West and Lee provide some answers to these complex questions, and also discuss the implications of Chinese investments into the U.S. natural gas sector. Will this big business alliance be good for consumers on either side of the Pacific? Find out on this week’s Sea Change Radio.

Fracking Moves To China, Part I

Jaeah LeeJamesWestThere is a relatively unanimous recognition that we inhabitants of earth really need to break our addiction to coal. It’s filthy and there are so many cleaner energy sources. This mantra is now being repeated all over coal-dependent China, where shale gas resources appear to be abundant. It turns out, however, that the transition away from coal may not be so simple – or even a step in the right direction. Mother Jones journalists Jaeah Lee and James West spent a year investigating the ins and outs of the growing fracking industry in China.

Host Alex Wise caught up with them before a recent panel discussion in San Francisco to talk about how U.S. oil and gas interests are exporting fracking around the globe and how the technology may pose risks in China that even exceed those associated with coal. Listen now to the first half of this two part series on today’s Sea Change Radio.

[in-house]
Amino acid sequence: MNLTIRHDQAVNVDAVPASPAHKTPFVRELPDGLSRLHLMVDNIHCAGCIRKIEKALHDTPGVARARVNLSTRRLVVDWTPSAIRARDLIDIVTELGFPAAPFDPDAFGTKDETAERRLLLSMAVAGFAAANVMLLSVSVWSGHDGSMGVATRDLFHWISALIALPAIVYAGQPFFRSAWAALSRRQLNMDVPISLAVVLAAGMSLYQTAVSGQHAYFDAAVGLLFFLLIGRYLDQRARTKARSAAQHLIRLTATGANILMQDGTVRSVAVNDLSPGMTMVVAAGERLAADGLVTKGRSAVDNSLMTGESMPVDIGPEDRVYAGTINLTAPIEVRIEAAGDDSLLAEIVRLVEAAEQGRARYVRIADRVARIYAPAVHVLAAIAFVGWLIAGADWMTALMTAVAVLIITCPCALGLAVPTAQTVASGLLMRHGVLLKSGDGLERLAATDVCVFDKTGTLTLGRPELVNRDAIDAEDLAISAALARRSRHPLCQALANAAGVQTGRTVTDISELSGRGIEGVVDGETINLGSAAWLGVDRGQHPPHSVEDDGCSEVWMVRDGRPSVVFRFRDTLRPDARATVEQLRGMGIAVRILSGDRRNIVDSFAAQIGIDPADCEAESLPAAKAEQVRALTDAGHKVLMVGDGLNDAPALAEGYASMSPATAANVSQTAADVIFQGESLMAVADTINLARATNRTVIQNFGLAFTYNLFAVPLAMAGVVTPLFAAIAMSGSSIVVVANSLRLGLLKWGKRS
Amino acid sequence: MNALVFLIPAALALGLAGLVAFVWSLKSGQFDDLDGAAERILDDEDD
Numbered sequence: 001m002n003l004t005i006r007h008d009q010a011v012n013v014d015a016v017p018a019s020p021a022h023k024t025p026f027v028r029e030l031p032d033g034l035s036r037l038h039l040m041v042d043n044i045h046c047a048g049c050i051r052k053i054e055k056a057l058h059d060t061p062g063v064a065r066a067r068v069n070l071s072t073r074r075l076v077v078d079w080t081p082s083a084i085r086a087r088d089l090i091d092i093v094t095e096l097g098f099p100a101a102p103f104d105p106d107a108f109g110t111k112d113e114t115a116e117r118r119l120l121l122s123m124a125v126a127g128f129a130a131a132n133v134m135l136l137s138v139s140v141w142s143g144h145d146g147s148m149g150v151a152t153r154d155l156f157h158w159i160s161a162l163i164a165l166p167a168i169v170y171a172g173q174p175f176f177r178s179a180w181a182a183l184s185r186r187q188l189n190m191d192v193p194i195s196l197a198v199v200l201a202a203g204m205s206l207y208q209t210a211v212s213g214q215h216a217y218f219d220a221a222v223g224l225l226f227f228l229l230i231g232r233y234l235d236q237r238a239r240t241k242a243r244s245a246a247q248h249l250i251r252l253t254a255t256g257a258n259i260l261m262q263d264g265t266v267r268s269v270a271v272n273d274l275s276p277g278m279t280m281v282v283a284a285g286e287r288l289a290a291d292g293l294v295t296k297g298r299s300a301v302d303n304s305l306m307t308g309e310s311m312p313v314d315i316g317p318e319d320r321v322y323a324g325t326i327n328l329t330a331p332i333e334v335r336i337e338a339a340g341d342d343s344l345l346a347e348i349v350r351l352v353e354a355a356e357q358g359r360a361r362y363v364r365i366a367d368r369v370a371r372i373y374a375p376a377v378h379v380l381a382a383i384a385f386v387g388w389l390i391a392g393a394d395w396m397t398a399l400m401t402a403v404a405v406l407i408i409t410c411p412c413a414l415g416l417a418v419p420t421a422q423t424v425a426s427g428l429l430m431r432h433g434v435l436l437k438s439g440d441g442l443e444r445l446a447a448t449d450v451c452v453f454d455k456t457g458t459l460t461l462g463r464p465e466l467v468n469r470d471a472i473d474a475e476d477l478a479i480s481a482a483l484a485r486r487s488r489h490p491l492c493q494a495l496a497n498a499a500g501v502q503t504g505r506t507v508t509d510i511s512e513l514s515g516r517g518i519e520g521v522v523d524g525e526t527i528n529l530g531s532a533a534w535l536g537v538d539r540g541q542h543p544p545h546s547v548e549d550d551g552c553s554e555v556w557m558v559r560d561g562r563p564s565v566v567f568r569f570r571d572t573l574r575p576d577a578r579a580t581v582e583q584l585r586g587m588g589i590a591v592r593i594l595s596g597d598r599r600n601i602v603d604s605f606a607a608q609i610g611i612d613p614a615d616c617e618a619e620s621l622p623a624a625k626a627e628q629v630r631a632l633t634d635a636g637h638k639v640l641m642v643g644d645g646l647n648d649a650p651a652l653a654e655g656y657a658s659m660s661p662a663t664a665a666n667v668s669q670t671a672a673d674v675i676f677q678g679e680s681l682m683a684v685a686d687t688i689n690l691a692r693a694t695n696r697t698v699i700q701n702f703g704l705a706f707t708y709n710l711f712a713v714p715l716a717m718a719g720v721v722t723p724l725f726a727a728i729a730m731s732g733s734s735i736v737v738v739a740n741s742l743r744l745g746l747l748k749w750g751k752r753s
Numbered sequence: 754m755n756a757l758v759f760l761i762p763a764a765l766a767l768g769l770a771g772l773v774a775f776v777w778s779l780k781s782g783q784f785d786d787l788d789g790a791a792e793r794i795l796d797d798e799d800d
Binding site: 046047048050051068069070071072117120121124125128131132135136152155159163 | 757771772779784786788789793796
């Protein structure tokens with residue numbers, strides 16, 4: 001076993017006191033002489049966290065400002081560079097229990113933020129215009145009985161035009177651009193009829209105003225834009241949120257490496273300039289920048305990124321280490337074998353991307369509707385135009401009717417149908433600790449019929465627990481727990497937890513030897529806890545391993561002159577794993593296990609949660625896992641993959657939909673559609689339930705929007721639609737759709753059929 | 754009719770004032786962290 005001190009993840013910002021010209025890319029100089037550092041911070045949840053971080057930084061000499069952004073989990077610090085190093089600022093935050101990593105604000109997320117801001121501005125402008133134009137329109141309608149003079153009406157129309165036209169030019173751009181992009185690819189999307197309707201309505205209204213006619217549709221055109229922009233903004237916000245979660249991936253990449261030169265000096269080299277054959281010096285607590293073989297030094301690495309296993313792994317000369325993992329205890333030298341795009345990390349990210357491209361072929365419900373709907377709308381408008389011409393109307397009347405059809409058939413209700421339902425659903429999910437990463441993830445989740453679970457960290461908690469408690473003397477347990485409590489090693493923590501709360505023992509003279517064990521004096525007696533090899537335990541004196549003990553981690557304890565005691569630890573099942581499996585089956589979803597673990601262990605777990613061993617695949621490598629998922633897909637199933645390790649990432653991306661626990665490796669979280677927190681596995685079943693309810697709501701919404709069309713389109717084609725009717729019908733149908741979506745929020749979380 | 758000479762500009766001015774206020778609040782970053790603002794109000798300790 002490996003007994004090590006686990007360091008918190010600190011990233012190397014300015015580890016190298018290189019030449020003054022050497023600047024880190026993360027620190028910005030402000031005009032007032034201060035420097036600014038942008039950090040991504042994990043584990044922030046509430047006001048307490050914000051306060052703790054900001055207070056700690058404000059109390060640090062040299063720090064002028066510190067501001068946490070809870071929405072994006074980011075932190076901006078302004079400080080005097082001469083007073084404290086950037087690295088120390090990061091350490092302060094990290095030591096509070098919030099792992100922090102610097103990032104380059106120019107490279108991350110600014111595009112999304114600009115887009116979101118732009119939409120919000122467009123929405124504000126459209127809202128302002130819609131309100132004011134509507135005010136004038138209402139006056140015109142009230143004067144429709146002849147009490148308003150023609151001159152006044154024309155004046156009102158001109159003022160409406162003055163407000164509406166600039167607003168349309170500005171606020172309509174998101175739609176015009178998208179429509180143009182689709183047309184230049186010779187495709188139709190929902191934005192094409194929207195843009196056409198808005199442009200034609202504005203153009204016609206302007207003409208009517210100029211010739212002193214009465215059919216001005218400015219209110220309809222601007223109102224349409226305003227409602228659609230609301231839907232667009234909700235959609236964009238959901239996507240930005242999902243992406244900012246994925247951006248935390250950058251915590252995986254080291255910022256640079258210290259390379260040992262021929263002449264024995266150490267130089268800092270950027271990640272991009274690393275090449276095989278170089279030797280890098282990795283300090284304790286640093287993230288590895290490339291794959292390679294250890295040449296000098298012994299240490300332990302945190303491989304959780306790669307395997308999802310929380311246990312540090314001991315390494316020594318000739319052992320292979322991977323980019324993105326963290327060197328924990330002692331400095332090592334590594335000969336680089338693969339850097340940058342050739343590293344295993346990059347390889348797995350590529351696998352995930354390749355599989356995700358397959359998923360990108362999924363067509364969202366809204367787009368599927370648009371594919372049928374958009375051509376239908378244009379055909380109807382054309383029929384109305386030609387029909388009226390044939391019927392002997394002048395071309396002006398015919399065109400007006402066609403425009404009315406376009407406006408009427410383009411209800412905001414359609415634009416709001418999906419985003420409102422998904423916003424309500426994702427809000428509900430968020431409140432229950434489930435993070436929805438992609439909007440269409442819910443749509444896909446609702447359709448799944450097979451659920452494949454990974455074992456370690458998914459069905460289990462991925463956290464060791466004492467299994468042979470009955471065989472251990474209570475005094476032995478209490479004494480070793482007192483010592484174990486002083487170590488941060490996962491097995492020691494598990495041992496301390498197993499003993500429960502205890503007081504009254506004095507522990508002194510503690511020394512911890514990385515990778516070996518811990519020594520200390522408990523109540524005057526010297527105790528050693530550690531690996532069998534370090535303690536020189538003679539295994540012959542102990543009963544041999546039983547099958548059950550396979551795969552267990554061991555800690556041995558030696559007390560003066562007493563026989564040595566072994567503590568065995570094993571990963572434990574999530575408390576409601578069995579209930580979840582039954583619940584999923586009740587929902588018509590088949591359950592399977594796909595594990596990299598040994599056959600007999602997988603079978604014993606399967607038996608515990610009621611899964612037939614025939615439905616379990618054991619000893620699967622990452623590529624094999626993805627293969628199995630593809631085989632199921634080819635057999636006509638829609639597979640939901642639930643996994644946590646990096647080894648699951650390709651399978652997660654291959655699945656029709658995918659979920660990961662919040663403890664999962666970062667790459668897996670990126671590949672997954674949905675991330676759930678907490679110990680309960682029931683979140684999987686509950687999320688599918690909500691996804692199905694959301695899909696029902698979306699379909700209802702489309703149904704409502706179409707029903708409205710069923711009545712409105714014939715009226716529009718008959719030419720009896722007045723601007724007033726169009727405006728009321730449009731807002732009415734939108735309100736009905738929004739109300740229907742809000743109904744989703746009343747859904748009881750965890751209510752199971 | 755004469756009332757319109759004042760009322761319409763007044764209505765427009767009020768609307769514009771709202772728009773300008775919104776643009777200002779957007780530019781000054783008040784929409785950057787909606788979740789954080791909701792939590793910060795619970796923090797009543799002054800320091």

Get The Lead Out: Kevin Drum & Sarah Hess (re-broadcast)

KevinDrumSarahHessThe policy decisions we make today will have an impact on the next hundred years and beyond. It kind of makes you think, what policy decisions from the last century are we dealing with today? This week on Sea Change Radio, we focus on lead, a heavy metal whose regulation was slow to follow the discovery that it was highly toxic. The lag time meant the widespread use of this hazardous element as an ingredient in everyday substances like gasoline and house paint, and a toxic legacy that is still being felt.